For those interested in ethnic groups’ culture and green space, Thái Hải Stilt House Preservation & Ecological Tourism Village is an ideal destination.

Herbal medic: The village’s herbal doctor, who cares health for villagers. VNS Photos Nguyễn Minh Hiếu

Located 70km north of Hà Nội and just a short drive from the centre of Thái Nguyên City, you will find homes in the air.

The village has 30 original houses built on stilts. They are home to Tày and Nùng ethnic groups and have been moved here from Định Hóa Safety Zone.

Many of the properties are more than half a century old.

More than 100 families of Tày, Nùng, Cao Lan, Sán Chỉ and Kinh groups are encouraged to settle at the village to turn the old deserted hilly land called Bờ Tiên into today’s fertile green areas. Many families have four generations living here.

But it is not just the houses that are worth a visit. Even the walk from the car park is spectacular.

Family warmth: A mother and her child by a fire inside a house on stilts.

The bamboo trees decorated with red banana flowers that give off a sweet fragrance of herbs lead you straight to the village that’s bathed in a vibrant green colour.

Once here, you couldn’t imagine in your wildest dreams the hustle and bustle of Thái Nguyên City is just a short drive away.

After more than 11 years in its construction, the village is now an ecological site spread over 70ha with lakes packed with 20 different varieties of fish.

According to Lý Thị Chiêu, of Tày ethnic group, deputy director of the tourism village, this has been the first private tourism area of the province to be recognised as a local tourism site.

On song: Villagers entertain tourists with folk music.

She said already thousands of domestic and foreign tourists have enjoyed its beauty.

And who better to guide people around? The residents of course who know this place better than most.

In 2003, Nguyễn Thị Thanh Hải, who was of Tày ethnic group born in Định Hóa District, dreamt of preserving her the stilt homes fearing her group’s traditions would be lost.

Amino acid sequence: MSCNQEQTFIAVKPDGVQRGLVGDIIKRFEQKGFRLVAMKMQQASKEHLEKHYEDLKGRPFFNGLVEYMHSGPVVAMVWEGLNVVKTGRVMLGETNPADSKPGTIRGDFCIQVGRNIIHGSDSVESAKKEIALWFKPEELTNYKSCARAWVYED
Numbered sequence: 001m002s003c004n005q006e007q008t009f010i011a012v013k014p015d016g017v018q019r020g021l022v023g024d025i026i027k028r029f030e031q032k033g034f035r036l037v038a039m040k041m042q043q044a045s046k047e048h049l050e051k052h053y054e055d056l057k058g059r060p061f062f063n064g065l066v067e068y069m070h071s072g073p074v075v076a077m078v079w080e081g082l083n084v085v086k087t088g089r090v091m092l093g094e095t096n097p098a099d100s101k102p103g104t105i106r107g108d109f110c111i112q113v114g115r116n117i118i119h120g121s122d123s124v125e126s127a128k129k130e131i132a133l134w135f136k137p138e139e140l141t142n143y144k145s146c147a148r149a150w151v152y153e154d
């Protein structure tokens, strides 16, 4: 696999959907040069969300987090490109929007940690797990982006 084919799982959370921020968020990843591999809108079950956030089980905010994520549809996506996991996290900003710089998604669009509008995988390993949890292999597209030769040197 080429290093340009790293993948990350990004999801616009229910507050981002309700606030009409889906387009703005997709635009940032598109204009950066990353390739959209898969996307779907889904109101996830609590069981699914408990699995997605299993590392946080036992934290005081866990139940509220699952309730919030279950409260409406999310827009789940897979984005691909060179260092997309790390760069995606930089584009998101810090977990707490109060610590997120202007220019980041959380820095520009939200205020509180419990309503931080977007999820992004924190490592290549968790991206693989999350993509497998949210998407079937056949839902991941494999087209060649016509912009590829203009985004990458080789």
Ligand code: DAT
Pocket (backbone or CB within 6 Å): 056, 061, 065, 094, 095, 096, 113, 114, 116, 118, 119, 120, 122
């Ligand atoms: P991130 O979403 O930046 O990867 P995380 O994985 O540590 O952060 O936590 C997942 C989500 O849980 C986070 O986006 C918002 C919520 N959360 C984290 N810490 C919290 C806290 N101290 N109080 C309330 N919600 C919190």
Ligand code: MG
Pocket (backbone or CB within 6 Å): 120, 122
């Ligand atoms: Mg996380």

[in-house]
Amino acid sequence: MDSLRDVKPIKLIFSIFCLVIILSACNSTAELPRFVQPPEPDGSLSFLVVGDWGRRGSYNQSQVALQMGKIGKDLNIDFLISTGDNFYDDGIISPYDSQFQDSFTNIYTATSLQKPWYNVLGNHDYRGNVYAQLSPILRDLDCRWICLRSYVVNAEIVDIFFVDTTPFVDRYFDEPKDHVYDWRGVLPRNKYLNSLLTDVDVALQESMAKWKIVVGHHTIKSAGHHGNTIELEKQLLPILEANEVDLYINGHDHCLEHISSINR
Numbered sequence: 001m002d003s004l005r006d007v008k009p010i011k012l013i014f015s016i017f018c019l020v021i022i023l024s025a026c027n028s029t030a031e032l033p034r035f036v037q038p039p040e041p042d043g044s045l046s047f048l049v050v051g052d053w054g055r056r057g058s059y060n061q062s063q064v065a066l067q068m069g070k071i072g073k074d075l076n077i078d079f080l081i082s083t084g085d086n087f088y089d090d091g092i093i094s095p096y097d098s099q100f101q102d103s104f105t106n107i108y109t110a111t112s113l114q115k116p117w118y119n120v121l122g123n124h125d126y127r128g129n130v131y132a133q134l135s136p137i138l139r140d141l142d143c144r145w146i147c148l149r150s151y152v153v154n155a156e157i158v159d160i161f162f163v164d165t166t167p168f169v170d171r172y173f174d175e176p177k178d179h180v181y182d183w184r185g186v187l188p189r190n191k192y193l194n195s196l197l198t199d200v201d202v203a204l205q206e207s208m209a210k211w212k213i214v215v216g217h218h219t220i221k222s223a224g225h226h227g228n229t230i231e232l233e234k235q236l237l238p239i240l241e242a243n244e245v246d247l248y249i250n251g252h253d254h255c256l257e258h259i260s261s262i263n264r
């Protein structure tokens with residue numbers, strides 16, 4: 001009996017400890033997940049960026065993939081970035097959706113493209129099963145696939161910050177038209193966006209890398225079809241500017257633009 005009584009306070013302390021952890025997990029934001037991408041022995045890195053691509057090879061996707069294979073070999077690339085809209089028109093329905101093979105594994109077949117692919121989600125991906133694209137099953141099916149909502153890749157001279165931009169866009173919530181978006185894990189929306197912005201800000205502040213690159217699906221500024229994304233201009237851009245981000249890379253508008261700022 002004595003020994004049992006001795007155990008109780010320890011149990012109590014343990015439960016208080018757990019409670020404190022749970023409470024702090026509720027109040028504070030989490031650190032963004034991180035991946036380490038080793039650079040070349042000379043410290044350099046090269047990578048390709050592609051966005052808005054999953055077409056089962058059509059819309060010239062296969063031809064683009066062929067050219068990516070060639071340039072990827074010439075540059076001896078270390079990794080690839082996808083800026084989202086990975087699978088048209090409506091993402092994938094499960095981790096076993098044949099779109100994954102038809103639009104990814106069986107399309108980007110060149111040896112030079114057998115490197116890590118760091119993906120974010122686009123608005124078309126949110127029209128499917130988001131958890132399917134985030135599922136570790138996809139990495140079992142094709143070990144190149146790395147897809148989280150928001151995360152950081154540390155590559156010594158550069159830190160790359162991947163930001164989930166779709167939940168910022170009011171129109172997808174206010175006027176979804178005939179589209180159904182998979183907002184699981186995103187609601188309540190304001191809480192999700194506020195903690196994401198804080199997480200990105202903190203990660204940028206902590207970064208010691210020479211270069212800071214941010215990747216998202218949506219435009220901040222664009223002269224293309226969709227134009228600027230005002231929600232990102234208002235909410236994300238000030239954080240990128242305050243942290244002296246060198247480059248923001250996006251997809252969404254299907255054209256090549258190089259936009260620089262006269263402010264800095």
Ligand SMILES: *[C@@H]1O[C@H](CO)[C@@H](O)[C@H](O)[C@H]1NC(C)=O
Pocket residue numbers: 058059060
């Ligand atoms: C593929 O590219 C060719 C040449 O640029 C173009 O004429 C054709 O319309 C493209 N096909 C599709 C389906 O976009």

At that time, many Tày families replaced their stilt homes, opting for brick built buildings instead.

On hand: Inside a house in stilts has everything tourists need. VNS Photos Nguyễn Minh Hiếu

But it wasn’t just the wooden structures she wanted to keep, it was also the souls and memories the houses have collected over the past 50 years.

Visiting the site, tourists will not only have a chance to see how the people live, but also how they eat.

On offer is a wide range of traditional food made by residents from local ingredients like baked buffalo meat, roasted pig, salad from banana flower, snail stirred in fat with bamboo shoot or strange food from worms, insects, lizards.

This really is the full ethnic experience as those who visit can also join in picking tea leaves, making houses from bamboo and catching fish.

Water blessing: A woman take some water the from village’s well. Tourists should wash their face, necks and hands with the holy water to get blessed.

And for the musical among you, why not learn the art of folk singing and playing ethnic instruments.

Chiêu said the village has now improved into a multi-functioned ecological tourism site, which can host up to 2,000 visitors at any time and 500 staying the night.

The village can host events at a separate functional service space of 300-2,000sq.m.  

“The village offers very good homestay service,” said tourist Mai Văn Vĩnh from Hà Nội, “They keep everything clean and tidy here from bedsheets, wooden floors, corridors and village’s roads.”

“It’s interesting that when waking up, I see a cool green space outside the bamboo wall, the sweet fragrance of herbs and the sound of roosters crowing,” he said.

Chiêu added: “Our only secret for the food here is cleanliness and freshness.

Welcome: Bamboo bars serve as the village’s "gate". VNS Photos Nguyễn Minh Hiếu

“Every activity inside the village is self-provided in a sustainable way so as not to harm the environment. Residents plant vegetables, rise rice, keep cattle, make clean water, plant tea and cook rice wine.”

The residents also keep their traditional cultures in the most natural way. Celebrating their own festivals while entertaining visitors at the same time.

“The village is beautiful and well-organised,” said Xenia Kojtentaki from Greece, “The people here are friendly and have good tourism skills. The food is super good.”

Kang Halim from South Korea went one step further with her praise, loving the place that much she said she is ready to give up everything and live here forever. — VNS


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